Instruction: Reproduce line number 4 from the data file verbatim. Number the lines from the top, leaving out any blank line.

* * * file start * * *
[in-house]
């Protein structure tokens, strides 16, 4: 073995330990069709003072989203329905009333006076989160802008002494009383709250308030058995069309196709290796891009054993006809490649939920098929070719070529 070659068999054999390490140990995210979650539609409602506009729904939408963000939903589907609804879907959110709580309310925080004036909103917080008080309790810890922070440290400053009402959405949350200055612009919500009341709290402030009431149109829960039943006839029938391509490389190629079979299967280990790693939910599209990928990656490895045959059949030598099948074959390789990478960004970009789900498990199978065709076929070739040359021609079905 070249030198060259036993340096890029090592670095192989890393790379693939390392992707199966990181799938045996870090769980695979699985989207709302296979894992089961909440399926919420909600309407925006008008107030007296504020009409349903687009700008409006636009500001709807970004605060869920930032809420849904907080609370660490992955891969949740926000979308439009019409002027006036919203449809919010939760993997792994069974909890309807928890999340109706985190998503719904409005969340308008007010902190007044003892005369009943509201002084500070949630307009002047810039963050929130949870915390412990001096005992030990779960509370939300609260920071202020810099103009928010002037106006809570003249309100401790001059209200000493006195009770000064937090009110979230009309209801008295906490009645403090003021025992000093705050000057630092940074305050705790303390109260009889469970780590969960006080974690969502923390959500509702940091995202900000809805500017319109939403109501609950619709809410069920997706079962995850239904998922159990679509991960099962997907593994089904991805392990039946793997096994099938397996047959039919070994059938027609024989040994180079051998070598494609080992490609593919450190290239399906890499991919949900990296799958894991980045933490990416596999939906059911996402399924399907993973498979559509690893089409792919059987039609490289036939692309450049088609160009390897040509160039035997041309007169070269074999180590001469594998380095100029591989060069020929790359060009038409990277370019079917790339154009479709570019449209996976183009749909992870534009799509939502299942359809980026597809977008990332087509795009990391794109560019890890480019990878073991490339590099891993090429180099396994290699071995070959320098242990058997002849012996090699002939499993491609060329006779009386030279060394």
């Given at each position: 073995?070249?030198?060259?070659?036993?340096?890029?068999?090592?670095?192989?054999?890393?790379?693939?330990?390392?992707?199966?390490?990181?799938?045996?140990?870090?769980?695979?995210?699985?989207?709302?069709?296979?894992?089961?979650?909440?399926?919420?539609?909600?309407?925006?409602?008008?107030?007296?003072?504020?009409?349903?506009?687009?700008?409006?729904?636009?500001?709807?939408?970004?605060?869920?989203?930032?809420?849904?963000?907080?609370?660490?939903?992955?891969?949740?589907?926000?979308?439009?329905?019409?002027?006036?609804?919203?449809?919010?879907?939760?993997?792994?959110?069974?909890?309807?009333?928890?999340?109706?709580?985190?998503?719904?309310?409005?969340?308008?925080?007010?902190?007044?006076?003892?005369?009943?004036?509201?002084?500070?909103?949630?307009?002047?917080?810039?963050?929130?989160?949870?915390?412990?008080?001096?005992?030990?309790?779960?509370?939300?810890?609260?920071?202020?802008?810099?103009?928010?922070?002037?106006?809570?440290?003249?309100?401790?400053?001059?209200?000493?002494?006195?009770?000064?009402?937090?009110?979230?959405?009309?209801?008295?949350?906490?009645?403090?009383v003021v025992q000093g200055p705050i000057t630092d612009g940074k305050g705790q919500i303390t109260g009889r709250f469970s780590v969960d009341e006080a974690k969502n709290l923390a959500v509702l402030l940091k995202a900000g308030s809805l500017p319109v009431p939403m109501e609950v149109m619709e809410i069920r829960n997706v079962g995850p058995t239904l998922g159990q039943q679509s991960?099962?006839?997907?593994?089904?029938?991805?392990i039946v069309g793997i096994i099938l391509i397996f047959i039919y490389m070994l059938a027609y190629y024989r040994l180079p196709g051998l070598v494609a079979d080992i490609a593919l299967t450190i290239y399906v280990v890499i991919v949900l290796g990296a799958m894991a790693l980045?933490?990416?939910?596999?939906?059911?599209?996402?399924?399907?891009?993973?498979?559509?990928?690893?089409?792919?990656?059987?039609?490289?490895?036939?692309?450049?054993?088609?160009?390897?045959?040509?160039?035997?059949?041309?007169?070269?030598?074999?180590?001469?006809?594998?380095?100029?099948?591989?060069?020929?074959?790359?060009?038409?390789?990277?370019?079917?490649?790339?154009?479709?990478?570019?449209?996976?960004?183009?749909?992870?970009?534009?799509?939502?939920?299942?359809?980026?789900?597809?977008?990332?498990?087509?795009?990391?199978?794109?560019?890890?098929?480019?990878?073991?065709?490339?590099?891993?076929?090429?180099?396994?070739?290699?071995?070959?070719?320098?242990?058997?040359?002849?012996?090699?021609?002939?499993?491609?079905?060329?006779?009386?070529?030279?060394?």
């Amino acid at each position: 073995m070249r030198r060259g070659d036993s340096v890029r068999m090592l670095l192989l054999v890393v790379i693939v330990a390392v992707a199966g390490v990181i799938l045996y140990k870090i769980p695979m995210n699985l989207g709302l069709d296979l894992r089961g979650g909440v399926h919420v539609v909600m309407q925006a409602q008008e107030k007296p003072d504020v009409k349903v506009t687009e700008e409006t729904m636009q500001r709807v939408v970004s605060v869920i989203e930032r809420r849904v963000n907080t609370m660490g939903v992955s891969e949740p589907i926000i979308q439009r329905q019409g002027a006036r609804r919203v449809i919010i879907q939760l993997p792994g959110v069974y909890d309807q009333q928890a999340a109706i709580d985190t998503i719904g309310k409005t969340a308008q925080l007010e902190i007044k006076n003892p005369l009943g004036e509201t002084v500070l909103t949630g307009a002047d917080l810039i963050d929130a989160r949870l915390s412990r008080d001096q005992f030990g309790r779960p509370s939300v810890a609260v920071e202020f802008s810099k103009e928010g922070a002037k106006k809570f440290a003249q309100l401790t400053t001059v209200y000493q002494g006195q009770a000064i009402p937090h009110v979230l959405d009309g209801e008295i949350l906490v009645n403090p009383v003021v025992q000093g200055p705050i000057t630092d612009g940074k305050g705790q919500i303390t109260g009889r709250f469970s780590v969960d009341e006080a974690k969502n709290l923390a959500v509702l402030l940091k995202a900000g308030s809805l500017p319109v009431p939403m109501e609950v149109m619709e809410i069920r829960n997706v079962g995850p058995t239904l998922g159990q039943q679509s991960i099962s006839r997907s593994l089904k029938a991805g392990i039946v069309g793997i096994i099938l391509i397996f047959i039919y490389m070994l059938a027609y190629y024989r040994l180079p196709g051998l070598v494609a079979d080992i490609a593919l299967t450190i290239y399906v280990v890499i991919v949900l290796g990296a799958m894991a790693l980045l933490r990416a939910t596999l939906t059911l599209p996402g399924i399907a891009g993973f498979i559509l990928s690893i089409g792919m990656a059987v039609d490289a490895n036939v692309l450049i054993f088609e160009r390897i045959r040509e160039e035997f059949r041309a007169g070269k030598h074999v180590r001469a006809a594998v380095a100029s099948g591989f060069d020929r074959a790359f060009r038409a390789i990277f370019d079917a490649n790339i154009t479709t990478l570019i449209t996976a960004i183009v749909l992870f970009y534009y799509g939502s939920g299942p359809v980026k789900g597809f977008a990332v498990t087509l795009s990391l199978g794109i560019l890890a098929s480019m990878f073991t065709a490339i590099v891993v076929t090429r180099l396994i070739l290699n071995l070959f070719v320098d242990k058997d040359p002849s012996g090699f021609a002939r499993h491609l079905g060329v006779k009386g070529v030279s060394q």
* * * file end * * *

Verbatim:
């Amino acid at each position: 073995m070249r030198r060259g070659d036993s340096v890029r068999m090592l670095l192989l054999v890393v790379i693939v330990a390392v992707a199966g390490v990181i799938l045996y140990k870090i769980p695979m995210n699985l989207g709302l069709d296979l894992r089961g979650g909440v399926h919420v539609v909600m309407q925006a409602q008008e107030k007296p003072d504020v009409k349903v506009t687009e700008e409006t729904m636009q500001r709807v939408v970004s605060v869920i989203e930032r809420r849904v963000n907080t609370m660490g939903v992955s891969e949740p589907i926000i979308q439009r329905q019409g002027a006036r609804r919203v449809i919010i879907q939760l993997p792994g959110v069974y909890d309807q009333q928890a999340a109706i709580d985190t998503i719904g309310k409005t969340a308008q925080l007010e902190i007044k006076n003892p005369l009943g004036e509201t002084v500070l909103t949630g307009a002047d917080l810039i963050d929130a989160r949870l915390s412990r008080d001096q005992f030990g309790r779960p509370s939300v810890a609260v920071e202020f802008s810099k103009e928010g922070a002037k106006k809570f440290a003249q309100l401790t400053t001059v209200y000493q002494g006195q009770a000064i009402p937090h009110v979230l959405d009309g209801e008295i949350l906490v009645n403090p009383v003021v025992q000093g200055p705050i000057t630092d612009g940074k305050g705790q919500i303390t109260g009889r709250f469970s780590v969960d009341e006080a974690k969502n709290l923390a959500v509702l402030l940091k995202a900000g308030s809805l500017p319109v009431p939403m109501e609950v149109m619709e809410i069920r829960n997706v079962g995850p058995t239904l998922g159990q039943q679509s991960i099962s006839r997907s593994l089904k029938a991805g392990i039946v069309g793997i096994i099938l391509i397996f047959i039919y490389m070994l059938a027609y190629y024989r040994l180079p196709g051998l070598v494609a079979d080992i490609a593919l299967t450190i290239y399906v280990v890499i991919v949900l290796g990296a799958m894991a790693l980045l933490r990416a939910t596999l939906t059911l599209p996402g399924i399907a891009g993973f498979i559509l990928s690893i089409g792919m990656a059987v039609d490289a490895n036939v692309l450049i054993f088609e160009r390897i045959r040509e160039e035997f059949r041309a007169g070269k030598h074999v180590r001469a006809a594998v380095a100029s099948g591989f060069d020929r074959a790359f060009r038409a390789i990277f370019d079917a490649n790339i154009t479709t990478l570019i449209t996976a960004i183009v749909l992870f970009y534009y799509g939502s939920g299942p359809v980026k789900g597809f977008a990332v498990t087509l795009s990391l199978g794109i560019l890890a098929s480019m990878f073991t065709a490339i590099v891993v076929t090429r180099l396994i070739l290699n071995l070959f070719v320098d242990k058997d040359p002849s012996g090699f021609a002939r499993h491609l079905g060329v006779k009386g070529v030279s060394q």